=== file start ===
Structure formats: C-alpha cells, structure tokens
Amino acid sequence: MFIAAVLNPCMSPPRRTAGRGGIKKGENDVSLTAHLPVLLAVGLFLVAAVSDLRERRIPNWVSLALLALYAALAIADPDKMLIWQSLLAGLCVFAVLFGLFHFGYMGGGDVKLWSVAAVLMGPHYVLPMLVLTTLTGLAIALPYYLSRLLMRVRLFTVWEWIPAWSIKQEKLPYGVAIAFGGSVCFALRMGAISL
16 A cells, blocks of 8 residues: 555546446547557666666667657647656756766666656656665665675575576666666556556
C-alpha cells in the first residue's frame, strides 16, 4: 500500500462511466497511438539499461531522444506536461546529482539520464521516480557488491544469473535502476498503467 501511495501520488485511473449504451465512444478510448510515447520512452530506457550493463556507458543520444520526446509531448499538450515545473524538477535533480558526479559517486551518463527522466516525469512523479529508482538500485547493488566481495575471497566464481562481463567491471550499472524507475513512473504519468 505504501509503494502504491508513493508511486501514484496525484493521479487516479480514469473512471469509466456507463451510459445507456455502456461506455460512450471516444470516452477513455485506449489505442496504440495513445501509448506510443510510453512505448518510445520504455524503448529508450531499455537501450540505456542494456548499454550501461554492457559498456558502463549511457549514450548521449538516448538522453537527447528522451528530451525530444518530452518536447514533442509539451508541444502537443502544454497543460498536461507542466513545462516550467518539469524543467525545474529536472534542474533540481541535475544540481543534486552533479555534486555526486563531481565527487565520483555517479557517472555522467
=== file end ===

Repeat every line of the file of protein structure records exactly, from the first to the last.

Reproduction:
Structure formats: C-alpha cells, structure tokens
Amino acid sequence: MFIAAVLNPCMSPPRRTAGRGGIKKGENDVSLTAHLPVLLAVGLFLVAAVSDLRERRIPNWVSLALLALYAALAIADPDKMLIWQSLLAGLCVFAVLFGLFHFGYMGGGDVKLWSVAAVLMGPHYVLPMLVLTTLTGLAIALPYYLSRLLMRVRLFTVWEWIPAWSIKQEKLPYGVAIAFGGSVCFALRMGAISL
16 A cells, blocks of 8 residues: 555546446547557666666667657647656756766666656656665665675575576666666556556
C-alpha cells in the first residue's frame, strides 16, 4: 500500500462511466497511438539499461531522444506536461546529482539520464521516480557488491544469473535502476498503467 501511495501520488485511473449504451465512444478510448510515447520512452530506457550493463556507458543520444520526446509531448499538450515545473524538477535533480558526479559517486551518463527522466516525469512523479529508482538500485547493488566481495575471497566464481562481463567491471550499472524507475513512473504519468 505504501509503494502504491508513493508511486501514484496525484493521479487516479480514469473512471469509466456507463451510459445507456455502456461506455460512450471516444470516452477513455485506449489505442496504440495513445501509448506510443510510453512505448518510445520504455524503448529508450531499455537501450540505456542494456548499454550501461554492457559498456558502463549511457549514450548521449538516448538522453537527447528522451528530451525530444518530452518536447514533442509539451508541444502537443502544454497543460498536461507542466513545462516550467518539469524543467525545474529536472534542474533540481541535475544540481543534486552533479555534486555526486563531481565527487565520483555517479557517472555522467